The calm after the storm

Photo: Let Ideas Compete from Flickr


Summertime is usually when families and friends escape town to hit the
beach, go camping, visit other cities and basically travel.

Consequently, what is supposed to happen is a reduction in the average
time spend idling on highways and main arteries around town.

Then, when September hits, everyone expects abysmal delays on city
streets, highways, bridges and tunnels.

This past summer, we saw the exact opposite occur.

With our rapidly crumbling infrastructure, the government took the
summer months to perform construction and catch up on decades of lost

That resulted in several highways being closed overnight and lane
reductions at all hours of the day.

And after a summer of insane traffic chaos, the media took it into its
own hands to warn of what the coming September would be like.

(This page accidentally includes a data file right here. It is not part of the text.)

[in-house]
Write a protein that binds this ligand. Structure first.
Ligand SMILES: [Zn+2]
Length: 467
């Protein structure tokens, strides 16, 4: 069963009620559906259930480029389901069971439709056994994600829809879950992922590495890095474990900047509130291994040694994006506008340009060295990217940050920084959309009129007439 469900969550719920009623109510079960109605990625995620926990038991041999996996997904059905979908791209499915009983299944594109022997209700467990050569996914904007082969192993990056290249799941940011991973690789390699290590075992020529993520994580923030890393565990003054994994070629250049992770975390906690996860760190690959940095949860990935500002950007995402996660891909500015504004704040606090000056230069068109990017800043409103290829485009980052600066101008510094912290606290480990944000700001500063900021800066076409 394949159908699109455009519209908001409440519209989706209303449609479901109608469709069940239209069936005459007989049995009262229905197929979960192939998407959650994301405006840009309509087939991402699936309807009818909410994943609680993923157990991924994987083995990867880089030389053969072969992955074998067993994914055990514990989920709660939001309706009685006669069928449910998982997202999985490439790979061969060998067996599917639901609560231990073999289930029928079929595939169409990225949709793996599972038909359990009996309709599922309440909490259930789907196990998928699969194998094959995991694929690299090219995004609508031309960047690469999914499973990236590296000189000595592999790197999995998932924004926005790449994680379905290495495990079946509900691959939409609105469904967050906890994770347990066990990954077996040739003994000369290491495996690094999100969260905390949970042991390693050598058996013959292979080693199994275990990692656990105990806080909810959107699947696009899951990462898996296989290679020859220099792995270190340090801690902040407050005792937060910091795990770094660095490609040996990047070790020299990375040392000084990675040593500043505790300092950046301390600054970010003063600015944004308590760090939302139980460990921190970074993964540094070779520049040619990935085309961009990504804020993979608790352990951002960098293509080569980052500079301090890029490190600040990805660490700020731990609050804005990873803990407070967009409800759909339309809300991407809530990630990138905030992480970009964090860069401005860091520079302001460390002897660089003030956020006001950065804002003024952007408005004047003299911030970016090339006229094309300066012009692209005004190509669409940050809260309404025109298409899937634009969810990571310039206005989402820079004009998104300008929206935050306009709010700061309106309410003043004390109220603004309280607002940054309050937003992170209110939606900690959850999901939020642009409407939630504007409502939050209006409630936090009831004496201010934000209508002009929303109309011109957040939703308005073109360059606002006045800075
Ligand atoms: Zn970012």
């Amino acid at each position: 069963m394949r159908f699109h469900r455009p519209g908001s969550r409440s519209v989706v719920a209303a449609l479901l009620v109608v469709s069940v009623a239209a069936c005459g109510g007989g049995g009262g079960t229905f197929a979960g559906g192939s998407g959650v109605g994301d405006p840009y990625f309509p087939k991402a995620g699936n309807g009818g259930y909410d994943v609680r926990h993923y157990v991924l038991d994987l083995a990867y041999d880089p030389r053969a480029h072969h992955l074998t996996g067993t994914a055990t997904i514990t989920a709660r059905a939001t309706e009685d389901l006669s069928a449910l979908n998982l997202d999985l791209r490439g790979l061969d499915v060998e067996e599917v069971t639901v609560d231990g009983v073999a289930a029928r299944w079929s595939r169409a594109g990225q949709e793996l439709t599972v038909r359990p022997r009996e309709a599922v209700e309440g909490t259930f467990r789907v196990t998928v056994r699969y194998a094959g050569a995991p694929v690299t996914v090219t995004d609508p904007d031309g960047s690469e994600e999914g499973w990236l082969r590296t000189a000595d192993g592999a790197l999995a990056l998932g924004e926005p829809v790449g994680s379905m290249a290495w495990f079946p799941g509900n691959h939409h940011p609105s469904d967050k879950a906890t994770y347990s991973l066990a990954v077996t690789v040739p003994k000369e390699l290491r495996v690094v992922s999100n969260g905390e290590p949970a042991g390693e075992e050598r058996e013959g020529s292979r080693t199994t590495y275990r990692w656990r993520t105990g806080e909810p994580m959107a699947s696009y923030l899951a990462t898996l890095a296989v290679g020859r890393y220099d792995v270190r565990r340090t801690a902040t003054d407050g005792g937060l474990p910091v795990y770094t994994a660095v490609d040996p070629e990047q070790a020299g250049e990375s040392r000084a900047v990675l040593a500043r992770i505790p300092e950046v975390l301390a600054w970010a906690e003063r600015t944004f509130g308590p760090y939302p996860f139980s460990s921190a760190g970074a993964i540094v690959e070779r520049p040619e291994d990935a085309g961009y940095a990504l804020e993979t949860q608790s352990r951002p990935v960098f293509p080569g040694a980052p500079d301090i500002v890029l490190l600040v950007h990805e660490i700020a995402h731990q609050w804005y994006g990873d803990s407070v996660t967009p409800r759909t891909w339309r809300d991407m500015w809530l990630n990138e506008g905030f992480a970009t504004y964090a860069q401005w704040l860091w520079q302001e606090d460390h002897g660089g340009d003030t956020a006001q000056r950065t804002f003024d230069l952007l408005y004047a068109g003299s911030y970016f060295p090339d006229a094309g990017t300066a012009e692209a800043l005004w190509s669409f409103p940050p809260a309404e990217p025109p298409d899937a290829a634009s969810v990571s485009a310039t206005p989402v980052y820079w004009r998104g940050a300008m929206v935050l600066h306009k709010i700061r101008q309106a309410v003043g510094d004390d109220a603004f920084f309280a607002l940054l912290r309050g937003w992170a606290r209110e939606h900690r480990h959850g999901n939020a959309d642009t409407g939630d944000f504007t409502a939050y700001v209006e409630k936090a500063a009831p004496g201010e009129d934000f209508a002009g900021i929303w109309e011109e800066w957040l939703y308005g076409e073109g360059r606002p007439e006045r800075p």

The result, everyone was afraid to head out during the rush hour and
changed their plans, or took public transit.

It has been a relatively quiet back to school period so far.

But will it last? No.

In a meeting with Transport Quebec, the communications team asked if
journalists (myself included) felt the government did enough to warn
of the potential headaches on the roads.

The truthful answer isn’t clear.

Every year, the worst case scenario is always expected.  Back to
school is made out to be the apocalypse of traffic nightmares. Yet we
always seem to make it though with relative ease.

What certainly helped is the lane configurations of the Mercier and
Champlain spans. Despite the fact that its health isn’t prime, they
can still handle the volume.

At the meeting, French-language traffic reporting veterans admitted
that television is the root cause of the recurring panic every year.

Then again, there are only two seasons in Montreal: winter and construction.

Categories: Traffic


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